Packsaddles are purpose designed to carry cargo and baggage and are quite different to a riding saddle. Riding saddles may be adapted for use as packsaddles.
Packsaddles may be designed to fit horses, bullocks, mules, lamas, camels, donkeys or goats.
Packsaddles consist of the following components:
- Arches, these take the load off the animal’s spine.
- Backboards, which spread the load along the muscles of the animal’s back.
- Rigging, this is harness to position and secure the saddle on the animal.
Some packsaddles have quarter panels that provide padding to separate the saddle and load from the animal and prevent chafing.
The rigging may include a:
- Breeching, a strap that fits around the animal’s rump to stop the saddle shifting forwards:
- Breastplate, a strap fitting around the chest to stop the load moving backwards; and
- Crupper, which is a special strap, that fits around the base of the tail (dock) to stop the saddle moving forward.
The saddle is held in place by a girths that fit across the sternum of the animal. A second girth is known as a “balance girth” may be used to reduce the saddle and load bouncing. This girth fits around the belly and is not fastened as tightly as the main girth. Donkeys and mules are often girthed using crossed girths of equal lengths. Crossed girths tend to prevent the saddle moving forward as donkeys and mules lack high shoulders or withers. The girths should cross over on the sternum.
Our packsaddles are adapted for use with donkeys from traditional Australian packsaddle designs. Brian Beck, who has published a booklet on the subject, supplied a design. This was further adapted to make a very lightweight, yet robust saddle to suit our requirements.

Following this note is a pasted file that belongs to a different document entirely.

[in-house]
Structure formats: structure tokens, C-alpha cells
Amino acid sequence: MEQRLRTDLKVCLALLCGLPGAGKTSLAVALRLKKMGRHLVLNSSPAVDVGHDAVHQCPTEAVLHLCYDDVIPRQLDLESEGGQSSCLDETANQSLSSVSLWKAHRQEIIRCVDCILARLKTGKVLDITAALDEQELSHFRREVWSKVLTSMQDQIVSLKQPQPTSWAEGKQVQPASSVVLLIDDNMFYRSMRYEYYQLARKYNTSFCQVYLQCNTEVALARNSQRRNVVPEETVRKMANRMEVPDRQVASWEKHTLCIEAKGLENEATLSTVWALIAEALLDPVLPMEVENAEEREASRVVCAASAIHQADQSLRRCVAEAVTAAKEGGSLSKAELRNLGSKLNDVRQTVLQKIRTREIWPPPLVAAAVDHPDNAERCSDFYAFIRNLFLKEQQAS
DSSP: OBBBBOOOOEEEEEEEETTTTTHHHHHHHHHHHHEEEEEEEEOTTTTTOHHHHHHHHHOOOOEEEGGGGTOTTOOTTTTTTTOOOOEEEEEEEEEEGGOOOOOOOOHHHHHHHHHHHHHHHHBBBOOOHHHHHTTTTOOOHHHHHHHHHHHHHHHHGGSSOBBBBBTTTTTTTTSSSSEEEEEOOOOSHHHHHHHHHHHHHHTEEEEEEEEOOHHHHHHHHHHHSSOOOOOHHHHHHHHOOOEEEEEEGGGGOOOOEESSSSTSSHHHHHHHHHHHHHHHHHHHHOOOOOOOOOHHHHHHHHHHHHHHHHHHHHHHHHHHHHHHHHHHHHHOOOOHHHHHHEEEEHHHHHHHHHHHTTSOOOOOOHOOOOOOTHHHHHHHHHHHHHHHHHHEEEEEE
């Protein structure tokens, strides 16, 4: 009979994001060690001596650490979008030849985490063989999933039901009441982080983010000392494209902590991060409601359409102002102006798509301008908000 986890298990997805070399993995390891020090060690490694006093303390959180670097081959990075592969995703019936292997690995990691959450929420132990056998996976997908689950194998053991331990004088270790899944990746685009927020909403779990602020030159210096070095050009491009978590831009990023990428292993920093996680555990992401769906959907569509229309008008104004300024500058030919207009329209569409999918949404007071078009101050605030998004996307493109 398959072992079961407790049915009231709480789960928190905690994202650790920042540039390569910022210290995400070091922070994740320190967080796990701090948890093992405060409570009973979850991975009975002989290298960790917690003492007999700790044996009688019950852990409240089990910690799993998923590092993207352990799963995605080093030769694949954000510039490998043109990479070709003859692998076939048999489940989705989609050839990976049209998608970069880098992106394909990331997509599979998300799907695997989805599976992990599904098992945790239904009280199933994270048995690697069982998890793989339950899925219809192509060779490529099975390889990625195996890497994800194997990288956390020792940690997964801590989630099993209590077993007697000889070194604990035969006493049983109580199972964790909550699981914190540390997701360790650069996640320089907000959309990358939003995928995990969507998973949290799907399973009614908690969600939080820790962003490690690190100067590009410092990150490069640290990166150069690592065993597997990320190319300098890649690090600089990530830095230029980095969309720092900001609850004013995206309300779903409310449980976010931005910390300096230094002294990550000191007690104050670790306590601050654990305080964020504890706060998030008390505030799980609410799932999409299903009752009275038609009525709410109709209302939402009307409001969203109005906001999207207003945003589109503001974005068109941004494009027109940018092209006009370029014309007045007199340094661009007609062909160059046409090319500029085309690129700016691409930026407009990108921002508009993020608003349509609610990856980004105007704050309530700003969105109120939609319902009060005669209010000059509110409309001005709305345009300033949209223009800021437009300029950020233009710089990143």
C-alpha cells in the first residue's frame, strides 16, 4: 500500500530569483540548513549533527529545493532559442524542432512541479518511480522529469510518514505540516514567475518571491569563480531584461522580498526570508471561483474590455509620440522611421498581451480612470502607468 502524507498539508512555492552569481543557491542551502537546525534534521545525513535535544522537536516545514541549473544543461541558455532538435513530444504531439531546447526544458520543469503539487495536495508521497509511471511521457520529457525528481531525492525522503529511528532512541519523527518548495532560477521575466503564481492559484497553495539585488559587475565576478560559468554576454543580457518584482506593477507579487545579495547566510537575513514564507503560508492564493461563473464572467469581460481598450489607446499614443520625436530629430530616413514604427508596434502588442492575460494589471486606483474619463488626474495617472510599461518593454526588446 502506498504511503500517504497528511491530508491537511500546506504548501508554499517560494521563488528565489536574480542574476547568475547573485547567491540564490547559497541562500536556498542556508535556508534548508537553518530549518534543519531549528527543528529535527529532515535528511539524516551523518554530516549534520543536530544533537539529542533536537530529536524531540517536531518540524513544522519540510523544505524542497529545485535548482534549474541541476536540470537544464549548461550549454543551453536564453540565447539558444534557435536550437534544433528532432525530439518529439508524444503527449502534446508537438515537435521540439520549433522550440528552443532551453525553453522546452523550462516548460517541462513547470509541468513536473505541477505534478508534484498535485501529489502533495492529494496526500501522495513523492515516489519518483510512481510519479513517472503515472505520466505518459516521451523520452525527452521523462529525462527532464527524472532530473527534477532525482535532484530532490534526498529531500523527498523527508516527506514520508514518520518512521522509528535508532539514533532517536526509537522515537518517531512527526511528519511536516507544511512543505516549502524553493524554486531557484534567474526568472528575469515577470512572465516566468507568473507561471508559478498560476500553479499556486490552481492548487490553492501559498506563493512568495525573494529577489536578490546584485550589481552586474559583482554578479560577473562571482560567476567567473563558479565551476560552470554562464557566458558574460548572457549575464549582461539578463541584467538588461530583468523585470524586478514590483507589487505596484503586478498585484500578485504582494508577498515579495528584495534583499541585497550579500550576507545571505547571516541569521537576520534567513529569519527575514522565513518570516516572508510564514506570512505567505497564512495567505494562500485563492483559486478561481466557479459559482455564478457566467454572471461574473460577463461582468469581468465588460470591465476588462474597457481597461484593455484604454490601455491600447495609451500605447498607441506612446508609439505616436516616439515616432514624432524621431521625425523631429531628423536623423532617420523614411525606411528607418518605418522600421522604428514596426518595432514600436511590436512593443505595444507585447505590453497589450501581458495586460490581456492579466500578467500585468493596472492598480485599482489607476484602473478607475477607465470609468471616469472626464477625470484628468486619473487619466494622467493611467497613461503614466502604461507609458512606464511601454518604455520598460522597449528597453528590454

The design incorporates “rolled” aluminium tube arches with welded load hooks. The arches are attached to the backboards by hinges that allow the backboards to fit a different back shapes and move with the animals’ gait. The plywood backboards are cold formed in a jig to a shape that conforms to the shape of a typical donkey’s back.
Thick saddle pads are used in lieu of quarter panels to reduce weight. Total weight of our saddles is 2.5kg including pack bags.
Loads are generally carried in pack bags that are slung from hooks welded to the saddle arches. Large items may be secured to the saddles using ropes and special “quick release” hitches either as “side loads” or as “top loads”.
A canvas sheet known as “pack cover” or “Wantie” protects loads from the weather. A long webbing strap known as a “pack surcingle” or “Wantie Strap” encircles the animal and load to consolidate the load and prevent it from falling from the load hooks.
Loaded donkeys showing Wantie and Wantie Strap
Loads may also be secured to the saddle by use of European/ American style diamond and double diamond hitches formed from lengths of rope.
Pack loads have an optimum size of 73x36x26 cm (283/4x141/4x101/2 inches). Side loads should be of equal size, shape, density and mass. Donkey loads should not exceed 22% of the animal’s body weight.